NEW YORK CITY: Last month, the UN observed World Refugee Day against the backdrop of a new grim milestone: The number of people who have been forced from their homes by war, persecution, violence and human rights abuses now sits at over 100 million.
This number is just one of many saddening figures from the UN refugee agency’s Global Trends report, published recently.
The report shows that five countries — Syria, Venezuela, Afghanistan, South Sudan and Myanmar — account for more than two-thirds of displaced persons globally.
People forced to move inside their own countries — known as internally displaced people (IDPs) — constitute the majority of the forcibly displaced population. Syria and Yemen, as well as Afghanistan, Ethiopia, the Republic of the Congo and Colombia, continue to host the world’s largest IDP populations.
If current conflicts remain unresolved and the eruption of new ones is not prevented, the UN report warns that the 21st century will be defined by growing numbers of people forced to flee and the increasingly limited options available to them.
Population movements around the world have become so complex in nature that aid agencies are scrambling to find new ways to deal with the continuous, massive exodus. People are fleeing not only violence, but also economic inequality as the global wealth gap continues to widen.
Changes in weather patterns and resulting droughts, floods and natural disasters have displaced more still. The food security crisis exacerbated by the war in Ukraine has now threatened a new wave.
“The nature of these flows is so complicated by now that (aid) responses have also become complicated, difficult to organize and manage, and exposed to the manipulation of unscrupulous politicians who demonize both the flows and the responses, claiming that it’s impossible (to host refugees), and therefore the real response is, as we hear in many places, ‘Shut borders and push people back’,” said Filippo Grandi, the UN high commissioner for refugees, at a recent conference attended by Arab News.
The number of displaced people worldwide has risen annually for the past 10 years, approaching 90 million by the end of 2021 — more than double the figure in 2001. Most refugees came from Syria, Venezuela and Afghanistan.
The number was also propelled by new waves of violence and conflict in countries such as Ethiopia, Burkina Faso, Nigeria and Congo.
The war in Ukraine led to the fastest and one of the largest displacements since the Second World War. In just four months, nearly 7 million Ukrainians fled their country, surpassing the Syrian crisis, which over the course of 12 years has displaced over 6 million Syrians.
Grandi has hailed the “fairly extraordinary” humanitarian response to the conflict in Ukraine. However, the Italian humanitarian, who began his current role at the peak of the Syrian refugee crisis in 2016, lamented the difference in international response between the two conflicts.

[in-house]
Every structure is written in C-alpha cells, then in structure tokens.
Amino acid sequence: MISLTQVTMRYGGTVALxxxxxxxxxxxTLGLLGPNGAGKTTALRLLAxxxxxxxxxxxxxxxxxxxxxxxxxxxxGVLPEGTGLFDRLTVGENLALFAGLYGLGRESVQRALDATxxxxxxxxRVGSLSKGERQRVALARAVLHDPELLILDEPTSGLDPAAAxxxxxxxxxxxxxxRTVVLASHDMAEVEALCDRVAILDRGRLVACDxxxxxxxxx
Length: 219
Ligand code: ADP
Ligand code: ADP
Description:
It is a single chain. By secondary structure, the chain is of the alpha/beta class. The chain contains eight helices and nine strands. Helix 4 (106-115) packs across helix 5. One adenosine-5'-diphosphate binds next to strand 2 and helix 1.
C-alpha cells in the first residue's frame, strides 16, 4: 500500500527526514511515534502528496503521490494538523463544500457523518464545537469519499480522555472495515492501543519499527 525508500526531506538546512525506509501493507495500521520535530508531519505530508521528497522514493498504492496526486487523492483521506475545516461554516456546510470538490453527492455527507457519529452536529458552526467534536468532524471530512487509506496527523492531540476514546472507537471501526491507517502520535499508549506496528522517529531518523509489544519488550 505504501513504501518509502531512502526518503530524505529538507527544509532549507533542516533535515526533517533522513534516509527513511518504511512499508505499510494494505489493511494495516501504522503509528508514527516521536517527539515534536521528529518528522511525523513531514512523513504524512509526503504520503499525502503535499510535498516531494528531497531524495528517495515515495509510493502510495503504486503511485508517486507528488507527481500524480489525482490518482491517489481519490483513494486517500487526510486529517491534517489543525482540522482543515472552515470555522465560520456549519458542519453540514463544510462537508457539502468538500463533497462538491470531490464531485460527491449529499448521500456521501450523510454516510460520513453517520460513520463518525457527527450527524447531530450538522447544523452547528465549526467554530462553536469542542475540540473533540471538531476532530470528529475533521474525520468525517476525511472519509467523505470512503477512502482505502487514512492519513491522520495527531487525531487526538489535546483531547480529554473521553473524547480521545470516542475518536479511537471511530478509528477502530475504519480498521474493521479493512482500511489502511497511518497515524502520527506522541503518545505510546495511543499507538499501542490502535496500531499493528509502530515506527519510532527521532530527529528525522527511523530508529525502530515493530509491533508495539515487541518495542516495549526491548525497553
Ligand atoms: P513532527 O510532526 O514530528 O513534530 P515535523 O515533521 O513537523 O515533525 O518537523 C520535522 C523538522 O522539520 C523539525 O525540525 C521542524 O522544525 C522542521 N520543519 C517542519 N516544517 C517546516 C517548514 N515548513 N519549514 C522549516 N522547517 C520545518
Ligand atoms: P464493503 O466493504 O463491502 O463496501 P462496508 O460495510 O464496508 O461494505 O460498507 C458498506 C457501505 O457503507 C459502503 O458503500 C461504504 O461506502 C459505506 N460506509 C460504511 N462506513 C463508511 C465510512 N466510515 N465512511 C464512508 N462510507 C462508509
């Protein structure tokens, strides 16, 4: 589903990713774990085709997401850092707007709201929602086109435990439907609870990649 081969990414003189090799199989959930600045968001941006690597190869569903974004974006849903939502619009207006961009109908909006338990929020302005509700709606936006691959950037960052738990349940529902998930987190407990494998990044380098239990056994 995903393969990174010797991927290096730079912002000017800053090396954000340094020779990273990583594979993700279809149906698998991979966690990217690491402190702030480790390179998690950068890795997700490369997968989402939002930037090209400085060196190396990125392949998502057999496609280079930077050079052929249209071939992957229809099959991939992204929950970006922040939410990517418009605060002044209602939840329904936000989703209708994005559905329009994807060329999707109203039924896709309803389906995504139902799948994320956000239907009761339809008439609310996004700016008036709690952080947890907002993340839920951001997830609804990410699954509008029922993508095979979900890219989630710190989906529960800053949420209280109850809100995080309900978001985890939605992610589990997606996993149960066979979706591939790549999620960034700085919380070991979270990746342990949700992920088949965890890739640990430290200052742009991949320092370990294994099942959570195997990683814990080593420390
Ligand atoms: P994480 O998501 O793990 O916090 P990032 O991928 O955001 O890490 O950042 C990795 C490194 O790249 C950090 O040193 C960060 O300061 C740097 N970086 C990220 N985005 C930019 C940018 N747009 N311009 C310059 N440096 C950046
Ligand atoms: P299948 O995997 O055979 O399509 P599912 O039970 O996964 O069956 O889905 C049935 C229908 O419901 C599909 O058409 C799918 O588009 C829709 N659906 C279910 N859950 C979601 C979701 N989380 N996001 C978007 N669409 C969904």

“If you get well-funded in Ukraine or in Poland or in the EU, that’s not the same for many other situations. We have Ethiopia at the end of 2020 and through 2021. We had the Afghanistan situation in the summer of last year,” Grandi said, adding that crises in Syria, South Sudan and Palestine have added to the swelling number of refugees.
“From Bangladesh to Colombia, we have a dozen operations where I am very worried about the underfunding,” he said. “It is important to hammer and hammer the message (home) that Ukraine cannot be the only humanitarian response.”
When in 2015, droves of desperate Syrian refugees fleeing battles in Aleppo showed up at Europe’s doors, Grandi said that European leaders told him: “It’s full. We can’t take anybody anymore.”
“A boat of 40 or so arrives in Sicily and (leaders) are bickering on the phone over who takes how many and for how long,” he said. “And now all of a sudden, how is it possible that in six weeks, 7 million people come in and they’re taken in? There have been problems but by and large, they have been taken in generously, effectively and with protection.”
“Now I am not naïve,” Grandi said, “I fully understand the context. I understand that it may not always be like this. But it certainly proves an important point: That responding to refugee influxes, to the arrival of desperate people at the shore or borders of rich countries, is not unmanageable. It is actually efficiently manageable, but there must be political will.”
Such political will toward 1.3 million Syrian asylum seekers who made it to Europe in 2015 was largely non-existent, and these refugees were often met with vitriol and hatred even from top government officials.
Viktor Orban, Hungary’s prime minister, described asylum seekers as “poison” and “Muslim invaders.”
“There is no chance — we are going to send you back. This continent will not be your homeland, you have your own homeland. This is our homeland, we built it,” Orban said in 2015.